Battle goes on to save crossing

Councillors Tony Williams (left) and Paul Galley (second from left) with Anchorsholme residents outside Blackpool Town Hall. (Meeting re. tram crossing at Lauderdale Avenue, Anchorsholme).

Councillors Tony Williams (left) and Paul Galley (second from left) with Anchorsholme residents outside Blackpool Town Hall. (Meeting re. tram crossing at Lauderdale Avenue, Anchorsholme).

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CONTROVERSIAL plans to close a tram crossing are to go before Blackpool Council’s executive for a fifth time after campaigners won another stay of execution.

Last September, the executive voted unanimously to close the junction at Lauderdale Avenue, Anchorsholme.

But, following consultation, objections were received in response to the closure order.

These were considered by the executive in January, and dismissed to enable the closure to traffic.

Anchorsholme ward councillor Tony Williams has now ‘called in’ the decision to be re-examined.

It went before the scrutiny sub-committee on Monday which agreed to refer the decision back to the executive.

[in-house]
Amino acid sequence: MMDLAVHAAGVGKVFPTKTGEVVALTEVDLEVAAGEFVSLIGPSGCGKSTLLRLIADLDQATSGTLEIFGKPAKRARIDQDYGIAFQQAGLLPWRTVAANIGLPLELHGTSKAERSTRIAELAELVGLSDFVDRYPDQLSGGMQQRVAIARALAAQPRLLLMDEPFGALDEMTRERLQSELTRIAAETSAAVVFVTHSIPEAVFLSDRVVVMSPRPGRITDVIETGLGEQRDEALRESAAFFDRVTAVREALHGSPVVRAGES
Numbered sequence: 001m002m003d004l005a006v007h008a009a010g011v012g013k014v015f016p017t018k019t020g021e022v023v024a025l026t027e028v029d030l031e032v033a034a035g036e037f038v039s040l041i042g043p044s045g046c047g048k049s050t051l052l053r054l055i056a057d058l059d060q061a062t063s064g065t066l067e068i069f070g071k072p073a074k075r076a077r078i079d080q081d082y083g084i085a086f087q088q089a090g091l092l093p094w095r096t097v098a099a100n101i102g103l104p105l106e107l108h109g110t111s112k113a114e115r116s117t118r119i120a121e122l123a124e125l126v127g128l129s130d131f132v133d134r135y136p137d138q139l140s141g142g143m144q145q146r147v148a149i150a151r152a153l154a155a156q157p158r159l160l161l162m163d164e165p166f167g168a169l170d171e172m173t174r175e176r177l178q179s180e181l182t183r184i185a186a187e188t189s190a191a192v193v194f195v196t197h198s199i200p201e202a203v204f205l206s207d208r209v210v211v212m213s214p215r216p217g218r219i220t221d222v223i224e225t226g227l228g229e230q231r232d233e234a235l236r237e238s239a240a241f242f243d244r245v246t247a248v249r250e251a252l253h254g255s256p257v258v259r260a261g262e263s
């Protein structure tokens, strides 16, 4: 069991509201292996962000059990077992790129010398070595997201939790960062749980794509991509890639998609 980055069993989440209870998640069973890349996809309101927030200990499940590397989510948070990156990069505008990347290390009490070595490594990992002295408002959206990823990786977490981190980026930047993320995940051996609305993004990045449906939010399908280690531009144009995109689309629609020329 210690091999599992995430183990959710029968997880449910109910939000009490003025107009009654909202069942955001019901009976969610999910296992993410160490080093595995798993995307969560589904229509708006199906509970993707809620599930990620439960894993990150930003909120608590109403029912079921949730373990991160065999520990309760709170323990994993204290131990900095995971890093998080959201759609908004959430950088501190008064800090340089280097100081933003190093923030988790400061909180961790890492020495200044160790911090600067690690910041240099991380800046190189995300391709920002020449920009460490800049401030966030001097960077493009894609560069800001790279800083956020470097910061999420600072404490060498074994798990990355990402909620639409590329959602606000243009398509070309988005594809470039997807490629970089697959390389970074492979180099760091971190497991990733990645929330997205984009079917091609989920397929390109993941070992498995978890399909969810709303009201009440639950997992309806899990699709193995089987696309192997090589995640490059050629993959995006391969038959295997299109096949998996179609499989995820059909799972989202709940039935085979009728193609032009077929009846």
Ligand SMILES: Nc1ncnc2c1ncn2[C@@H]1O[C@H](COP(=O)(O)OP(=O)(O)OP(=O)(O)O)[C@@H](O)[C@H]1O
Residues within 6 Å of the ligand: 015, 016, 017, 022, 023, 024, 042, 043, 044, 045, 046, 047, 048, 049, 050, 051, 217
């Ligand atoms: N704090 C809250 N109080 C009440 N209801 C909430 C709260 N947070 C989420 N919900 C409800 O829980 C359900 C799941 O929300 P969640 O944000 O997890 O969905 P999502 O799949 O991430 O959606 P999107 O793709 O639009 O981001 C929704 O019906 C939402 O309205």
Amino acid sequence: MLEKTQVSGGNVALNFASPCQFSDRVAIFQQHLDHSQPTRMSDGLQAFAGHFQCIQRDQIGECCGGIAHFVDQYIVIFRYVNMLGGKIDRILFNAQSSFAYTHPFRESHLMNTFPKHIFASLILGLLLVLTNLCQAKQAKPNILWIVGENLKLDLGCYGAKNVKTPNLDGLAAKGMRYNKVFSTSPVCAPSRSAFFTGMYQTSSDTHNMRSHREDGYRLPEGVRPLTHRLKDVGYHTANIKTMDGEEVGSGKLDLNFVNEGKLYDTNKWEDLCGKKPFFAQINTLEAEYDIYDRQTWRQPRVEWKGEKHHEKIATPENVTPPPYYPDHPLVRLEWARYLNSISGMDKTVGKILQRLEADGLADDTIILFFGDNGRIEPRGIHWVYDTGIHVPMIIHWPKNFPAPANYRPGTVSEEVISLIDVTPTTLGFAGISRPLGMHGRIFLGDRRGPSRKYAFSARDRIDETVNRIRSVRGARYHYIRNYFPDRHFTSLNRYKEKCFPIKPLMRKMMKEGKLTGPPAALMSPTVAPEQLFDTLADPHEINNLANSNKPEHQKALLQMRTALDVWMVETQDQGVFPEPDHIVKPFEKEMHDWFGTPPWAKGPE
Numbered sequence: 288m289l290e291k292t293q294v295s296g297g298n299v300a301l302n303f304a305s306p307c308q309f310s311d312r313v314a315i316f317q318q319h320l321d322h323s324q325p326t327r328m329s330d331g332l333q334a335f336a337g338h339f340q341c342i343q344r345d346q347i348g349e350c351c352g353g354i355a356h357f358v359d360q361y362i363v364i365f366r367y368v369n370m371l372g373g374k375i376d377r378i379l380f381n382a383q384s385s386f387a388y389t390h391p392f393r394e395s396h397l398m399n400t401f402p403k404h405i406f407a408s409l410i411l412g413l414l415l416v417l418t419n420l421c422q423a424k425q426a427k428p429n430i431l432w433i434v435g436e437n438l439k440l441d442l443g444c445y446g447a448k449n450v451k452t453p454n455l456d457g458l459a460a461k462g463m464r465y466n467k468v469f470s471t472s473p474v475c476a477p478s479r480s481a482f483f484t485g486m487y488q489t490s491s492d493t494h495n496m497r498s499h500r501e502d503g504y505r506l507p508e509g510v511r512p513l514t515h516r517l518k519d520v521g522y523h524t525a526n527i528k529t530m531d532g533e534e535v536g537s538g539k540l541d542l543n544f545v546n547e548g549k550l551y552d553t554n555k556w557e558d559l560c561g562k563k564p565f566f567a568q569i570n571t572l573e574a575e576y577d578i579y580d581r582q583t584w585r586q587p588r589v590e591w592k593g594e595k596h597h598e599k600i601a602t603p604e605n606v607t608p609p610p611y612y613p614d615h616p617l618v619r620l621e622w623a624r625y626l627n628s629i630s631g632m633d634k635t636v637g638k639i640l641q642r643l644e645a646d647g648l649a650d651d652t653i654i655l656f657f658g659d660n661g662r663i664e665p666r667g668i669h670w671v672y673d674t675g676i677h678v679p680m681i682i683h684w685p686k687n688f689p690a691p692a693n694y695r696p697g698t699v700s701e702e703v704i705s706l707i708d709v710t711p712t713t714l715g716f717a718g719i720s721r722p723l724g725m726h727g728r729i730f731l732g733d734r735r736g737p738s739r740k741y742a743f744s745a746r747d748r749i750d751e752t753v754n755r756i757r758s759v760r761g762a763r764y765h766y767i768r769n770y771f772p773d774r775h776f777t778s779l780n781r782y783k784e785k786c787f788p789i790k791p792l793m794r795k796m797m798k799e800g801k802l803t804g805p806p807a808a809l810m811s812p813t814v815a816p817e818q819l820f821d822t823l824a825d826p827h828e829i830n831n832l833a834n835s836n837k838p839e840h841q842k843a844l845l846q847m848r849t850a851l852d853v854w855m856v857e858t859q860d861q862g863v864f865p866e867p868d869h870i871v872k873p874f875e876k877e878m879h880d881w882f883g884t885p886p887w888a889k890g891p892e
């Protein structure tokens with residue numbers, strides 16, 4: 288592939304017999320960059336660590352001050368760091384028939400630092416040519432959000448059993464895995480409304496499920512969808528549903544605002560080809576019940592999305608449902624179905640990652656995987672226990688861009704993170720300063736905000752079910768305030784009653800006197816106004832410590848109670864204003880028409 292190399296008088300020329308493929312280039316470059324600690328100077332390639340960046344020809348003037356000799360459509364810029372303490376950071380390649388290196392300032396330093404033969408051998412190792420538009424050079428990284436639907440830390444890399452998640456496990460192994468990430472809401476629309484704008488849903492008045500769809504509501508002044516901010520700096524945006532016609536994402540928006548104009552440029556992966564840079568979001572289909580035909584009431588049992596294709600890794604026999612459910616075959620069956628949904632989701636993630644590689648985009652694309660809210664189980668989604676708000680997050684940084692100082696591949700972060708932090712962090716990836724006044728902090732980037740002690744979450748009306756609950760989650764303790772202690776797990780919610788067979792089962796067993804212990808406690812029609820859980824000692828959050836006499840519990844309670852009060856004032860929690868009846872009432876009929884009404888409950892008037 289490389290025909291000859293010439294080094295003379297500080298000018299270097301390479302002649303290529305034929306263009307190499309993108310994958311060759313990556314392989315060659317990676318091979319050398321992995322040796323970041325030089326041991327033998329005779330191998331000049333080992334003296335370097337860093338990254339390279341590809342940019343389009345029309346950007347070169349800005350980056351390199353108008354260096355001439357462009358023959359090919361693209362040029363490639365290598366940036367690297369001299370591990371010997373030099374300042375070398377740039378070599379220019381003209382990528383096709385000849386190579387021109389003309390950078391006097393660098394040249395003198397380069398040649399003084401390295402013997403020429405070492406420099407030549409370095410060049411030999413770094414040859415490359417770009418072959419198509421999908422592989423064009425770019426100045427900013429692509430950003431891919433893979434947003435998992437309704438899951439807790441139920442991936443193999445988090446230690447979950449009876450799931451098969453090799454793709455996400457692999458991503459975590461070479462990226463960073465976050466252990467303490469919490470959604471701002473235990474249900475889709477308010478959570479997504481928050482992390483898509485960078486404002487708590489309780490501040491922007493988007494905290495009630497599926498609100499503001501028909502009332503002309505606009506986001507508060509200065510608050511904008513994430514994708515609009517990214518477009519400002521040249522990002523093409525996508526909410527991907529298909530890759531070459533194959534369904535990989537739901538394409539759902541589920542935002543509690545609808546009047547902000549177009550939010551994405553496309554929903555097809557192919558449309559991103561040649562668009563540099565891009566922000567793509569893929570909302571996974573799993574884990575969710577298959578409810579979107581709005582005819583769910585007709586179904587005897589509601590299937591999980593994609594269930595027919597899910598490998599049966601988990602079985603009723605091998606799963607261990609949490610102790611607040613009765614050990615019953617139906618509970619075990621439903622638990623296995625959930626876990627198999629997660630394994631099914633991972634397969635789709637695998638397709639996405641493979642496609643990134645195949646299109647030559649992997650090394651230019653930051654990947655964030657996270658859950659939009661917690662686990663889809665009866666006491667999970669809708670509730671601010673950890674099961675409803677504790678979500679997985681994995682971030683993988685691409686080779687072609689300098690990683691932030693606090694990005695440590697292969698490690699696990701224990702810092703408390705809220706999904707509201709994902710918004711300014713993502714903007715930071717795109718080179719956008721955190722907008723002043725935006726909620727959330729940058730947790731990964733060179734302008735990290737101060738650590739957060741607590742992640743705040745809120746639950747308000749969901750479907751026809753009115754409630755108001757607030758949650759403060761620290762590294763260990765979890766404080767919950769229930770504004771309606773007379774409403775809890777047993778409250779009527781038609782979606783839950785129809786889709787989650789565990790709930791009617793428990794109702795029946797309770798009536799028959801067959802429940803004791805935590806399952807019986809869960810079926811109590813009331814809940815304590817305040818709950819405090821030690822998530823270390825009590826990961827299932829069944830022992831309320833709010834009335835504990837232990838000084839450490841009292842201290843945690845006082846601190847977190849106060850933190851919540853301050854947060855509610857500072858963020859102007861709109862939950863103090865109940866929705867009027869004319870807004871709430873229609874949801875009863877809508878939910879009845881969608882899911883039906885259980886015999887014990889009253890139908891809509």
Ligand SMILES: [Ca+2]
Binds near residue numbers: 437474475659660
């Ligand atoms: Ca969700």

It will be the fifth time the cabinet has considered the issue.

The executive under the former Tory administration voted to keep the crossing open when it met in July 2010, while in July 2011 the Labour executive deferred a decision the first time it was asked to consider it.

Coun Williams said: “The fact it has taken this many steps shows there is obviously some doubt as to whether technically and legally, the council can close this crossing.”

More than 3,000 residents have signed a petition calling for the crossing to remain open. However, the council says it needs to close the junction to allow the resort’s new supertram service, due to begin this Easter, to run efficiently and safely, given the increased speed and quietness of the new rolling stock.

A pedestrian crossing will remain open, but residents claim closing the road access will cut them off from shops and a health centre.

Coun Williams believes the closure order is illegal because not all the statutory bodies have been properly consulted.

He also says the crossing is a right of way in more than 150 house deeds.

He added: “The meeting was told many of the house deeds had been superseded, but houses sold as recently as 2008 still have this as part of their deeds.”